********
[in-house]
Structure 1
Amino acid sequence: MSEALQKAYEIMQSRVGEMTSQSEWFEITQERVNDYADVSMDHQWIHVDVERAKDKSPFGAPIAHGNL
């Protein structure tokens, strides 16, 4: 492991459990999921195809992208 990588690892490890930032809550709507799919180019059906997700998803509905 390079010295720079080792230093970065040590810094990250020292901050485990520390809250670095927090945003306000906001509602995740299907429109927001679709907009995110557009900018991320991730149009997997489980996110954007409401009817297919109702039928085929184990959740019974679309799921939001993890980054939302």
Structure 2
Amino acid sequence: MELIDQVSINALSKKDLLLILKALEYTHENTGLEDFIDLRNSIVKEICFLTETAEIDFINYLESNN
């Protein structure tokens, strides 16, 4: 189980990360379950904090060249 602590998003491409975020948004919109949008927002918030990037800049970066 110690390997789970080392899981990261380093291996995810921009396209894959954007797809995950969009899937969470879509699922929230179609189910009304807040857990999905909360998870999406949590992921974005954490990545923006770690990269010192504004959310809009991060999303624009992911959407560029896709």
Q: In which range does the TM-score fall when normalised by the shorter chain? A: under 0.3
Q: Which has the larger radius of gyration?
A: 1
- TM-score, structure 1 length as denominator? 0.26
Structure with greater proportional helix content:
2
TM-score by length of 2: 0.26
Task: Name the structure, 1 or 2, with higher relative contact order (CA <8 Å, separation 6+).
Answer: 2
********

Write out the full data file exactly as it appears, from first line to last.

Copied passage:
[in-house]
Structure 1
Amino acid sequence: MSEALQKAYEIMQSRVGEMTSQSEWFEITQERVNDYADVSMDHQWIHVDVERAKDKSPFGAPIAHGNL
């Protein structure tokens, strides 16, 4: 492991459990999921195809992208 990588690892490890930032809550709507799919180019059906997700998803509905 390079010295720079080792230093970065040590810094990250020292901050485990520390809250670095927090945003306000906001509602995740299907429109927001679709907009995110557009900018991320991730149009997997489980996110954007409401009817297919109702039928085929184990959740019974679309799921939001993890980054939302």
Structure 2
Amino acid sequence: MELIDQVSINALSKKDLLLILKALEYTHENTGLEDFIDLRNSIVKEICFLTETAEIDFINYLESNN
């Protein structure tokens, strides 16, 4: 189980990360379950904090060249 602590998003491409975020948004919109949008927002918030990037800049970066 110690390997789970080392899981990261380093291996995810921009396209894959954007797809995950969009899937969470879509699922929230179609189910009304807040857990999905909360998870999406949590992921974005954490990545923006770690990269010192504004959310809009991060999303624009992911959407560029896709």
Q: In which range does the TM-score fall when normalised by the shorter chain? A: under 0.3
Q: Which has the larger radius of gyration?
A: 1
- TM-score, structure 1 length as denominator? 0.26
Structure with greater proportional helix content:
2
TM-score by length of 2: 0.26
Task: Name the structure, 1 or 2, with higher relative contact order (CA <8 Å, separation 6+).
Answer: 2